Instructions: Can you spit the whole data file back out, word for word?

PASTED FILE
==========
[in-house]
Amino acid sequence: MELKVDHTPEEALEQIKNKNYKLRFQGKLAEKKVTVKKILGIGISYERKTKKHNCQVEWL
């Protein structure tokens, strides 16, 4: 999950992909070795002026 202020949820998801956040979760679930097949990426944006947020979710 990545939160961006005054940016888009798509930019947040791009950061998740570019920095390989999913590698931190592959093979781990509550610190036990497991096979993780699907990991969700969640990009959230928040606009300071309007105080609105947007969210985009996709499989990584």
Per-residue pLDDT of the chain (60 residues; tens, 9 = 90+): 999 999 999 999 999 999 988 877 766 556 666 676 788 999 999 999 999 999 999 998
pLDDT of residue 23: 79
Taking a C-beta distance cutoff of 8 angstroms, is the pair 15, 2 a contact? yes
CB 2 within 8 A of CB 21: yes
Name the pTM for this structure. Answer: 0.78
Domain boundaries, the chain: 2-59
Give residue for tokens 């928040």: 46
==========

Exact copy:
[in-house]
Amino acid sequence: MELKVDHTPEEALEQIKNKNYKLRFQGKLAEKKVTVKKILGIGISYERKTKKHNCQVEWL
């Protein structure tokens, strides 16, 4: 999950992909070795002026 202020949820998801956040979760679930097949990426944006947020979710 990545939160961006005054940016888009798509930019947040791009950061998740570019920095390989999913590698931190592959093979781990509550610190036990497991096979993780699907990991969700969640990009959230928040606009300071309007105080609105947007969210985009996709499989990584």
Per-residue pLDDT of the chain (60 residues; tens, 9 = 90+): 999 999 999 999 999 999 988 877 766 556 666 676 788 999 999 999 999 999 999 998
pLDDT of residue 23: 79
Taking a C-beta distance cutoff of 8 angstroms, is the pair 15, 2 a contact? yes
CB 2 within 8 A of CB 21: yes
Name the pTM for this structure. Answer: 0.78
Domain boundaries, the chain: 2-59
Give residue for tokens 């928040």: 46